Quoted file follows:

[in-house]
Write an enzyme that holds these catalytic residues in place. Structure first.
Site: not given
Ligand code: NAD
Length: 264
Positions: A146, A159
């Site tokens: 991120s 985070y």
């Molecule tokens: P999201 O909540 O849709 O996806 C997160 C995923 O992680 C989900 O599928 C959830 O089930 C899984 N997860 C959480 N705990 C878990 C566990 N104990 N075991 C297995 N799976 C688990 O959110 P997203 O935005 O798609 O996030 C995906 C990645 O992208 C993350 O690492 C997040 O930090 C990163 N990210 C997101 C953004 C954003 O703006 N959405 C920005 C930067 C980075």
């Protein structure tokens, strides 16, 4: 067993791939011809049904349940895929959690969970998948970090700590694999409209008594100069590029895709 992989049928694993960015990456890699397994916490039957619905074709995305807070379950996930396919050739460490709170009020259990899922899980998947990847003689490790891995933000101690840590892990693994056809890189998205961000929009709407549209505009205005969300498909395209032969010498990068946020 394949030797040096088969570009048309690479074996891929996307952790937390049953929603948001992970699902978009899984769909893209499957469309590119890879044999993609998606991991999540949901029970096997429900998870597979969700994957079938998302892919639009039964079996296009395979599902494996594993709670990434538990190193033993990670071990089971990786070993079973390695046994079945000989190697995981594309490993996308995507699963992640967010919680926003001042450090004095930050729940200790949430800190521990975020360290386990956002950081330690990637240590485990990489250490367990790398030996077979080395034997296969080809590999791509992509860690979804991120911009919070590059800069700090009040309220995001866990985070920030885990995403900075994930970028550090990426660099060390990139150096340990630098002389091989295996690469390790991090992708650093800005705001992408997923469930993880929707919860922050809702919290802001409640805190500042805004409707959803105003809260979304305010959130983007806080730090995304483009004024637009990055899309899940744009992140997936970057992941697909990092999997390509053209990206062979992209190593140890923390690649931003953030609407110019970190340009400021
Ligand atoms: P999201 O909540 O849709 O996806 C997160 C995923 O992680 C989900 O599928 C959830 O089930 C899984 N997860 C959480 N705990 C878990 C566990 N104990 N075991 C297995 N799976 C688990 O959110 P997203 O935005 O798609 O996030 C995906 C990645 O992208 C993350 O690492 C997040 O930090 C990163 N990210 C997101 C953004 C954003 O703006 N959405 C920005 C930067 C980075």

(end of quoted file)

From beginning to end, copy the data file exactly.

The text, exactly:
[in-house]
Write an enzyme that holds these catalytic residues in place. Structure first.
Site: not given
Ligand code: NAD
Length: 264
Positions: A146, A159
């Site tokens: 991120s 985070y």
């Molecule tokens: P999201 O909540 O849709 O996806 C997160 C995923 O992680 C989900 O599928 C959830 O089930 C899984 N997860 C959480 N705990 C878990 C566990 N104990 N075991 C297995 N799976 C688990 O959110 P997203 O935005 O798609 O996030 C995906 C990645 O992208 C993350 O690492 C997040 O930090 C990163 N990210 C997101 C953004 C954003 O703006 N959405 C920005 C930067 C980075």
């Protein structure tokens, strides 16, 4: 067993791939011809049904349940895929959690969970998948970090700590694999409209008594100069590029895709 992989049928694993960015990456890699397994916490039957619905074709995305807070379950996930396919050739460490709170009020259990899922899980998947990847003689490790891995933000101690840590892990693994056809890189998205961000929009709407549209505009205005969300498909395209032969010498990068946020 394949030797040096088969570009048309690479074996891929996307952790937390049953929603948001992970699902978009899984769909893209499957469309590119890879044999993609998606991991999540949901029970096997429900998870597979969700994957079938998302892919639009039964079996296009395979599902494996594993709670990434538990190193033993990670071990089971990786070993079973390695046994079945000989190697995981594309490993996308995507699963992640967010919680926003001042450090004095930050729940200790949430800190521990975020360290386990956002950081330690990637240590485990990489250490367990790398030996077979080395034997296969080809590999791509992509860690979804991120911009919070590059800069700090009040309220995001866990985070920030885990995403900075994930970028550090990426660099060390990139150096340990630098002389091989295996690469390790991090992708650093800005705001992408997923469930993880929707919860922050809702919290802001409640805190500042805004409707959803105003809260979304305010959130983007806080730090995304483009004024637009990055899309899940744009992140997936970057992941697909990092999997390509053209990206062979992209190593140890923390690649931003953030609407110019970190340009400021
Ligand atoms: P999201 O909540 O849709 O996806 C997160 C995923 O992680 C989900 O599928 C959830 O089930 C899984 N997860 C959480 N705990 C878990 C566990 N104990 N075991 C297995 N799976 C688990 O959110 P997203 O935005 O798609 O996030 C995906 C990645 O992208 C993350 O690492 C997040 O930090 C990163 N990210 C997101 C953004 C954003 O703006 N959405 C920005 C930067 C980075």